Bird of the Week

Photo courtesy Charles Martinez

This week’s Bird of the Week, compliments of the Weminuche Audubon Society and Audubon Rockies, is the cedar waxwing.
The year’s first glance of a cedar waxwing leaves a silky imprint on the mind. These birds are truly gorgeous. Their color is nearly indescribable, as the majority of their body is cloaked in a beige-brown casting with yellow flanks. They sport a handsome and dignified crest of the same color and Zorro mascara that envelops the eye, originating at the beak.
They arrive from points north with typically yellow-tipped tails, but if molting (replacing feathers), can oftentimes develop orange hues from the ripening berries that they’re eating. Less visible to us, their courtship displays reportedly involve winning over mates with offerings of insects, berries or flower petals. Their name, waxwing, is a reference to their red, waxy-tipped secondary feathers.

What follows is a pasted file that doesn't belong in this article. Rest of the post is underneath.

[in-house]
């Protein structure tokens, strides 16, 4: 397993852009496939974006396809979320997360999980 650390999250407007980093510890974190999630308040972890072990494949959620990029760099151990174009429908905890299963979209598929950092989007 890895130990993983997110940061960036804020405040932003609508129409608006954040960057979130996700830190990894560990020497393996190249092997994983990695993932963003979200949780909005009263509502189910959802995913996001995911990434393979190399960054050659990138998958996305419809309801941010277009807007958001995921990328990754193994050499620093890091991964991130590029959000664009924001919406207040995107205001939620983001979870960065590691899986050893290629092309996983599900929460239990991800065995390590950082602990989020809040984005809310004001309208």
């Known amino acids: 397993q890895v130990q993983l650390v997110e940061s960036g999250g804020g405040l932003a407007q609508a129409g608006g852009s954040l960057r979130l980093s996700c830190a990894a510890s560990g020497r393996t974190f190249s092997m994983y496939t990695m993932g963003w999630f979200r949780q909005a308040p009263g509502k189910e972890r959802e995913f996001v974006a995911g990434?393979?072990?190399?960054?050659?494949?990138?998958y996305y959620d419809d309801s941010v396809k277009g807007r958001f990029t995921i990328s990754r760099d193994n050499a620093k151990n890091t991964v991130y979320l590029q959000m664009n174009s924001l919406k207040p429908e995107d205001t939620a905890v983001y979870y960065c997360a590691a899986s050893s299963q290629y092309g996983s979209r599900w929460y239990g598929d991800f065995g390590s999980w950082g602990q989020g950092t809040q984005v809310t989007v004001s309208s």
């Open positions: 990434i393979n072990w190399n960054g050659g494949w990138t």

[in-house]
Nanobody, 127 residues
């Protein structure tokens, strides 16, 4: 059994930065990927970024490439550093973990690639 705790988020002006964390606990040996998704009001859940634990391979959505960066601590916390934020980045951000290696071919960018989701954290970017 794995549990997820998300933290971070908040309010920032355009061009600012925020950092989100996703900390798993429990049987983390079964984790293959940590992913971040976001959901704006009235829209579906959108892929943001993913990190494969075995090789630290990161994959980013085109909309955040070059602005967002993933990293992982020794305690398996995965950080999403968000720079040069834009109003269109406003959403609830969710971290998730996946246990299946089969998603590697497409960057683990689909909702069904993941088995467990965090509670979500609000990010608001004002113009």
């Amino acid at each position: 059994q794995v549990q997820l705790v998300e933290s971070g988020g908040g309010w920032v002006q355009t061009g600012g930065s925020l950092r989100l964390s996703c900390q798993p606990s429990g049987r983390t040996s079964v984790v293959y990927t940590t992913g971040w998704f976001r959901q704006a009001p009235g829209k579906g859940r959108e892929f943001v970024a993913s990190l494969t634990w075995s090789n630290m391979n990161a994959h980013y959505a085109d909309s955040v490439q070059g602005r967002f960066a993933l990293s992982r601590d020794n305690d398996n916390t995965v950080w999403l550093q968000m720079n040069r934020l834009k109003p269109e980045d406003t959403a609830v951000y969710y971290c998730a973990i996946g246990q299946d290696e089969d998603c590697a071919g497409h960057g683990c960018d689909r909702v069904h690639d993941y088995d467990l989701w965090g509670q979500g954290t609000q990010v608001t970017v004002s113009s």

They are fruit connoisseurs and are often seen in our region as summer wanes and fall begins, moving in flock form from fruit tree to fruit tree: Hawthorn, serviceberry, chokecherry, juniper, mountain ash and even raspberry and dogwood bushes — you name it. If it has a small, round berry and concentrates sugars, these guys will find it. Plant natives in your yard and you’ll welcome them in for years to come. Even ornamental crabapples will bring them in. Research has shown that even a brown-headed cowbird cannot tolerate parasitizing their nests because the diet is so fruit-based.
For more information on local bird-watching events, visit www.weminucheaudubon.org and www.facebook.com/weminucheaudubon/.

This story was posted on September 9, 2018.